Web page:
Anatomy of a suicide

Kevin Chill Heard | 9/11/2013, 12:13 p.m.
To some, Castro’s demise was a fitting end to a horrible crime that captured international attention, as three young women, ...

The Substance Abuse and Mental Health Services Administration (SAMHSA), an agency within the U.S. Department of Health and Human Services, says that suicide prevention in correctional facilities includes recognizing and responding to the warning signs.

Part of this response requires the removal of items of use for suicide – and that certainly includes bed sheets.

In a conversation with the Call & Post, Dr. Lemuel E. Stewart III, MSSA, PsyD., Assistant Professor at Cuyahoga Community College, pointed to a grant study posted by American Foundation for Suicide Prevention (AFSP) on criminal offenders and the interpersonal-psychological theory of suicide (Jon Mandracchia, Ph.D.), that suggests “A person who feels more disconnected and burdensome, has less fear of death, and has an increased pain tolerance is at higher risk for suicide. These factors may contribute to current suicidal ideation above and beyond the contributions of depression, hopelessness, past suicidal ideation, history of suicide attempt, psychopathy, criminal thinking and criminal behavior.”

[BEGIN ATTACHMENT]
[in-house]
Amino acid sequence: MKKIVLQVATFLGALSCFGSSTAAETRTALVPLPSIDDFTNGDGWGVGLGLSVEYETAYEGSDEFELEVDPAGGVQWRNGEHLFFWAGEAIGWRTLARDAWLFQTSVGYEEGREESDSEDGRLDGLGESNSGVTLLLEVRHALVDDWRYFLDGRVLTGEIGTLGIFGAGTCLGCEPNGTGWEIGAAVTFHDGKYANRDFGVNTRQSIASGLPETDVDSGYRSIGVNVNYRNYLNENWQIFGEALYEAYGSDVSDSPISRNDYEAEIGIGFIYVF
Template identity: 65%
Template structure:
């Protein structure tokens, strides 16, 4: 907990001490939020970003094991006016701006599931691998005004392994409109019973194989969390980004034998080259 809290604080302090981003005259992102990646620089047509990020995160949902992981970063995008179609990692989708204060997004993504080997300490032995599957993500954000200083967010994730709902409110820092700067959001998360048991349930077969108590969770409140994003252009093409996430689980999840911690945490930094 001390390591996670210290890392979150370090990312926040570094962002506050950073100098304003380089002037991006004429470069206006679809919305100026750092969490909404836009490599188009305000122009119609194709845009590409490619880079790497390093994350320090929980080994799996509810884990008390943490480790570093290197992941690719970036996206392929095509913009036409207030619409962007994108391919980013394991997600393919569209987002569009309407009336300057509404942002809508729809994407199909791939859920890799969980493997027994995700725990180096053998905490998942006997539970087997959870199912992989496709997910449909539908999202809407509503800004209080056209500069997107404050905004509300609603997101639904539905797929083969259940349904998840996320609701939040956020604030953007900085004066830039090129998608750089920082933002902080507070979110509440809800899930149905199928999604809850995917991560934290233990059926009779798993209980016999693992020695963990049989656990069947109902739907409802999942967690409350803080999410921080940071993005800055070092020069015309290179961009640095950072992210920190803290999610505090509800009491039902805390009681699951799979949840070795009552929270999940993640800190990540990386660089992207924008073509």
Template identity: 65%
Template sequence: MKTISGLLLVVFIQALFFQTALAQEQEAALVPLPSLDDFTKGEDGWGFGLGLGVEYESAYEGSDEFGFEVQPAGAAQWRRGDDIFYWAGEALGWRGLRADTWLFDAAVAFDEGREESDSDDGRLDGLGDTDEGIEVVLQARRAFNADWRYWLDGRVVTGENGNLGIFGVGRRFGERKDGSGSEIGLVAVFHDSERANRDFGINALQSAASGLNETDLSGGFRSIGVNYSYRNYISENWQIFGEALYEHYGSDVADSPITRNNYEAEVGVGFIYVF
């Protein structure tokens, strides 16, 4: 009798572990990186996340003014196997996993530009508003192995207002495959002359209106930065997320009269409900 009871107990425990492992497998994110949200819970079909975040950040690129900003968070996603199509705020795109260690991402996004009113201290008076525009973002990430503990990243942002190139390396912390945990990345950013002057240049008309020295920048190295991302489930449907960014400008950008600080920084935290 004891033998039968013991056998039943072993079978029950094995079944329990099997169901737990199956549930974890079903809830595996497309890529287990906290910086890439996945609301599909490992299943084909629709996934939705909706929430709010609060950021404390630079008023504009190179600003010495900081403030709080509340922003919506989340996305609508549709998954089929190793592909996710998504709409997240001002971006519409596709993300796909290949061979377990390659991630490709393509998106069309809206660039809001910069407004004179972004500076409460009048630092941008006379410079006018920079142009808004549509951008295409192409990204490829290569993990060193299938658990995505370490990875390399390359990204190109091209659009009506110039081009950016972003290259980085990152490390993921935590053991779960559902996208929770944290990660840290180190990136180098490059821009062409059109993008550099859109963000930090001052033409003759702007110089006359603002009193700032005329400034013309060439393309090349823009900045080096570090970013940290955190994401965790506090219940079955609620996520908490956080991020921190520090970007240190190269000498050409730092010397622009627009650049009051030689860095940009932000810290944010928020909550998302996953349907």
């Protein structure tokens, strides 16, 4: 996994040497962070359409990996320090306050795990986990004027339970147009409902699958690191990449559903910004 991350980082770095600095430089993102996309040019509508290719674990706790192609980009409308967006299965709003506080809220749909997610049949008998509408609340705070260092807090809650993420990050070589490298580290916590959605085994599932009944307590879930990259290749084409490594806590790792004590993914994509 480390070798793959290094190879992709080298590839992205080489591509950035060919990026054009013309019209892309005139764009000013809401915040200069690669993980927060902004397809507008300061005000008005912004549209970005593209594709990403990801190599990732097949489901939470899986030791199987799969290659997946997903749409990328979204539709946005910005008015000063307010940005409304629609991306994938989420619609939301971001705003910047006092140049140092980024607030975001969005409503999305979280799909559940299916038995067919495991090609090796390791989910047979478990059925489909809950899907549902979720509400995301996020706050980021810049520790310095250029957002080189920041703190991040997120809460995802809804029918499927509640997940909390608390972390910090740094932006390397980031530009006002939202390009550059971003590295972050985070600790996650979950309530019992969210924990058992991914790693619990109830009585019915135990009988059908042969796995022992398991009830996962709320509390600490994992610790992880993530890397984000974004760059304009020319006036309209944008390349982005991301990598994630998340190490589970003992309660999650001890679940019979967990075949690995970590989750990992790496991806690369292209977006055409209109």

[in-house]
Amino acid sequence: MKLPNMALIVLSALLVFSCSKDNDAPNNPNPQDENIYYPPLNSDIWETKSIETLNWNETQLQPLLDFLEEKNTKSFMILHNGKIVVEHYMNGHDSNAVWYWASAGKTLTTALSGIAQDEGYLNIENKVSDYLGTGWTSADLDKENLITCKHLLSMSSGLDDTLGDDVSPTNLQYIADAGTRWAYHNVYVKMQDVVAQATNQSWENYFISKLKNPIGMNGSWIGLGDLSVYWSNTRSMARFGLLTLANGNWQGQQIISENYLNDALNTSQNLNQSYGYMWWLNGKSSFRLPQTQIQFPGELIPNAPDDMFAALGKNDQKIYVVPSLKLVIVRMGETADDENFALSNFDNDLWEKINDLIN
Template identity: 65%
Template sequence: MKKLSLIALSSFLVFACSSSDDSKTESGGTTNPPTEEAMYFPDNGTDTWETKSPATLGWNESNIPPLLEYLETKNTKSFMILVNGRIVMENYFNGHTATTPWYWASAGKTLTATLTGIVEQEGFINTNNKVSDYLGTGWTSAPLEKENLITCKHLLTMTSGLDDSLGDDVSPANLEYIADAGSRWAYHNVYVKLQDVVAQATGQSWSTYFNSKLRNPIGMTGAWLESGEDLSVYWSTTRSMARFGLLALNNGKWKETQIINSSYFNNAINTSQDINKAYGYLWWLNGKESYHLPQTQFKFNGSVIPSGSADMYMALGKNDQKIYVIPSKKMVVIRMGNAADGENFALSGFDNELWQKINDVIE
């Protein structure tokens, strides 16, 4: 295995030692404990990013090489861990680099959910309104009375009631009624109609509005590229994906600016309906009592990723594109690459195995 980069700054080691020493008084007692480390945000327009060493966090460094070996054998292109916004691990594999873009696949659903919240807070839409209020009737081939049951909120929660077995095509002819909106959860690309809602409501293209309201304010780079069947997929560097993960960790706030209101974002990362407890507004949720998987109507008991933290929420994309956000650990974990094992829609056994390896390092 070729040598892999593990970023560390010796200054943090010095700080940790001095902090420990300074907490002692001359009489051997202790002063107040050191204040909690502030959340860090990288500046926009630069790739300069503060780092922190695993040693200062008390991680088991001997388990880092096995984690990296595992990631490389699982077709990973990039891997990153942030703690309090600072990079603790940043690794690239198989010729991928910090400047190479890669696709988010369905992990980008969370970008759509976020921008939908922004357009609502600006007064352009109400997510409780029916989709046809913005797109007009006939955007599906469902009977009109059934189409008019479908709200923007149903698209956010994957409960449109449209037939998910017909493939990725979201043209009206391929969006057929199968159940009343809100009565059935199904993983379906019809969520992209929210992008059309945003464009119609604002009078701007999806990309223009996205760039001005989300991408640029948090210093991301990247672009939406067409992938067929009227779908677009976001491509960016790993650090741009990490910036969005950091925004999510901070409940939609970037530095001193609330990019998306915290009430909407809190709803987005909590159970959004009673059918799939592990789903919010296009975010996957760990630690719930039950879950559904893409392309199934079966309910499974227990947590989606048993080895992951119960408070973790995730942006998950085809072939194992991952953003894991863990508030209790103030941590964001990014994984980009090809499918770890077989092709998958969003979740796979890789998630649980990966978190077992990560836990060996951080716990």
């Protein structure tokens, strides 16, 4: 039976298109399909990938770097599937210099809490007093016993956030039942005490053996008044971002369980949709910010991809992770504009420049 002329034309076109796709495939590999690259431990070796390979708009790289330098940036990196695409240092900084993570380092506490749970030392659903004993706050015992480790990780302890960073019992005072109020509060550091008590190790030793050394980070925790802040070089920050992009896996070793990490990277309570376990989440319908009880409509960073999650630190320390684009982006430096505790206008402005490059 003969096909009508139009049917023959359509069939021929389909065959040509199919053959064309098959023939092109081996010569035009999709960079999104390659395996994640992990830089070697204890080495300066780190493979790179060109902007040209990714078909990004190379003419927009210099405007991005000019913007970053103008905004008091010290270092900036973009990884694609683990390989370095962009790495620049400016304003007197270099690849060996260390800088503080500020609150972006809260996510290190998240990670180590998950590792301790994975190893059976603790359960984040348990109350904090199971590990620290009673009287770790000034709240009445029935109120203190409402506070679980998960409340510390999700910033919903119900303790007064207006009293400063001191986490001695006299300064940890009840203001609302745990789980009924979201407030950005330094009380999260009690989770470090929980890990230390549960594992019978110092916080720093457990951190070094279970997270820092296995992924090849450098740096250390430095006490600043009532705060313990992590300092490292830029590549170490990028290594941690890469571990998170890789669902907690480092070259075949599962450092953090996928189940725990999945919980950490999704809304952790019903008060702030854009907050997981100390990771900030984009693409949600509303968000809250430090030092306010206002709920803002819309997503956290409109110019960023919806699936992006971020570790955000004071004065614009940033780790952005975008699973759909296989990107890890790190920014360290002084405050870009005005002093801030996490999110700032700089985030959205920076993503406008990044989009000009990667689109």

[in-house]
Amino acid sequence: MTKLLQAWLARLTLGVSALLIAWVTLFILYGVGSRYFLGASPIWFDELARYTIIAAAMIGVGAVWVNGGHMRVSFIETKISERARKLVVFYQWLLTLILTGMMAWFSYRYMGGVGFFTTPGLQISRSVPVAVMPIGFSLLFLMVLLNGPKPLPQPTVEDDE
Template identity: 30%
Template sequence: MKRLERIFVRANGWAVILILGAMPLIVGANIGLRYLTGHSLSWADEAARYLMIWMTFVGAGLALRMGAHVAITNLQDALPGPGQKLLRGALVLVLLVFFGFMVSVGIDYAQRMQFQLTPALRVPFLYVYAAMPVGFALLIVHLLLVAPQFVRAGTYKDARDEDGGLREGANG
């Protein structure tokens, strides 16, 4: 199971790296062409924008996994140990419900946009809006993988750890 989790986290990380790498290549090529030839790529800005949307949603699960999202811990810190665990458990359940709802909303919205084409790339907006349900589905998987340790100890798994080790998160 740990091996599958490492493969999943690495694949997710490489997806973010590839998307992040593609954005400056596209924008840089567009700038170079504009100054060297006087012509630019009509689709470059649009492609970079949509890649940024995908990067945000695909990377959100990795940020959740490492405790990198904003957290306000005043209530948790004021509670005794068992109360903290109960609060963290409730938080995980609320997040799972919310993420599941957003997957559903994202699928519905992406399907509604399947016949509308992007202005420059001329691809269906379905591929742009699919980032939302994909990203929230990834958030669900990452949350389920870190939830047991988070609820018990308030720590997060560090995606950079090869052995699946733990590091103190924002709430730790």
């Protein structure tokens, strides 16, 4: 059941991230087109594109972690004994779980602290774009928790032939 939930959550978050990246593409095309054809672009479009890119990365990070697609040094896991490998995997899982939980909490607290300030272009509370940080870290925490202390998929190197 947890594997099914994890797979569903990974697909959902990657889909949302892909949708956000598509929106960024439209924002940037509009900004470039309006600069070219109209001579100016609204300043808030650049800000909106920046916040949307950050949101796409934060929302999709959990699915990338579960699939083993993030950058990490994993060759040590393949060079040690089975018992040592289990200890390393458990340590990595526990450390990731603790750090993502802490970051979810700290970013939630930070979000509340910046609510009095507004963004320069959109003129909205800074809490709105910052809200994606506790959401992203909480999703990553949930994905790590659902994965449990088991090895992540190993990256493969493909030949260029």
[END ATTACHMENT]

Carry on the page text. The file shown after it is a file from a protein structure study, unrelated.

In the Castro case, all medical and mental health care records and information surrounding his prison suicide are being reviewed by the Ohio Department of Rehabilitation and Correction.

In addition to the ACLU, a full investigation is being called for by Craig Weintraub, one of the two local attorneys that represented Castro.

-- Call & Post Staff Writer Rich Weiss contributed to this article. Follow the author, Kevin Chill Heard @houseofchill.